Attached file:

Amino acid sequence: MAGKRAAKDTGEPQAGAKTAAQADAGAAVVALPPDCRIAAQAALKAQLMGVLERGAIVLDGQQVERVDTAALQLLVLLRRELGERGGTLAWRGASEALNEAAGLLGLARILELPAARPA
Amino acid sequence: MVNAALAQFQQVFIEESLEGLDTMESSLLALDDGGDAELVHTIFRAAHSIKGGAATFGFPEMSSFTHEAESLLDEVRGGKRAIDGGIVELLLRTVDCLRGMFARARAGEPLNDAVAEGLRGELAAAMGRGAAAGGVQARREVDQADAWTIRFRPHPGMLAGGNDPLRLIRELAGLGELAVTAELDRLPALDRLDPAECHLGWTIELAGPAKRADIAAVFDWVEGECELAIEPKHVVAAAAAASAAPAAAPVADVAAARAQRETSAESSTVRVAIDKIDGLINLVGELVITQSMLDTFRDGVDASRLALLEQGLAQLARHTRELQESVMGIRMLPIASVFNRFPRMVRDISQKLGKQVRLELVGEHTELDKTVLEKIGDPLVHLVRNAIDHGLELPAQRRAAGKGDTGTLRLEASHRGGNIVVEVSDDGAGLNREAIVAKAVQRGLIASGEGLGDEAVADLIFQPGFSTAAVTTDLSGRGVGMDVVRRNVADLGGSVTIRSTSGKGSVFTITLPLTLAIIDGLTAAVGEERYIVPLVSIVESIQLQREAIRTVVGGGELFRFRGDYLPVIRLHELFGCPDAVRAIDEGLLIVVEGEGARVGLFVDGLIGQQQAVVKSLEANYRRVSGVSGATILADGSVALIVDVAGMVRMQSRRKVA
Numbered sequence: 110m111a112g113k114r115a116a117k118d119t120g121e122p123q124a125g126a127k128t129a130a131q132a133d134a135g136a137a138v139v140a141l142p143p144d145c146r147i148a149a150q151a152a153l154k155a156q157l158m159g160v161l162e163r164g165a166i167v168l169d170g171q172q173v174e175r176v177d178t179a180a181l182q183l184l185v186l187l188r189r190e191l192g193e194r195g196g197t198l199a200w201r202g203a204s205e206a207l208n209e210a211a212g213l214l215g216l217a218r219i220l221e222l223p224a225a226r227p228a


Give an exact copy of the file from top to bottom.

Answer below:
Amino acid sequence: MAGKRAAKDTGEPQAGAKTAAQADAGAAVVALPPDCRIAAQAALKAQLMGVLERGAIVLDGQQVERVDTAALQLLVLLRRELGERGGTLAWRGASEALNEAAGLLGLARILELPAARPA
Amino acid sequence: MVNAALAQFQQVFIEESLEGLDTMESSLLALDDGGDAELVHTIFRAAHSIKGGAATFGFPEMSSFTHEAESLLDEVRGGKRAIDGGIVELLLRTVDCLRGMFARARAGEPLNDAVAEGLRGELAAAMGRGAAAGGVQARREVDQADAWTIRFRPHPGMLAGGNDPLRLIRELAGLGELAVTAELDRLPALDRLDPAECHLGWTIELAGPAKRADIAAVFDWVEGECELAIEPKHVVAAAAAASAAPAAAPVADVAAARAQRETSAESSTVRVAIDKIDGLINLVGELVITQSMLDTFRDGVDASRLALLEQGLAQLARHTRELQESVMGIRMLPIASVFNRFPRMVRDISQKLGKQVRLELVGEHTELDKTVLEKIGDPLVHLVRNAIDHGLELPAQRRAAGKGDTGTLRLEASHRGGNIVVEVSDDGAGLNREAIVAKAVQRGLIASGEGLGDEAVADLIFQPGFSTAAVTTDLSGRGVGMDVVRRNVADLGGSVTIRSTSGKGSVFTITLPLTLAIIDGLTAAVGEERYIVPLVSIVESIQLQREAIRTVVGGGELFRFRGDYLPVIRLHELFGCPDAVRAIDEGLLIVVEGEGARVGLFVDGLIGQQQAVVKSLEANYRRVSGVSGATILADGSVALIVDVAGMVRMQSRRKVA
Numbered sequence: 110m111a112g113k114r115a116a117k118d119t120g121e122p123q124a125g126a127k128t129a130a131q132a133d134a135g136a137a138v139v140a141l142p143p144d145c146r147i148a149a150q151a152a153l154k155a156q157l158m159g160v161l162e163r164g165a166i167v168l169d170g171q172q173v174e175r176v177d178t179a180a181l182q183l184l185v186l187l188r189r190e191l192g193e194r195g196g197t198l199a200w201r202g203a204s205e206a207l208n209e210a211a212g213l214l215g216l217a218r219i220l221e222l223p224a225a226r227p228a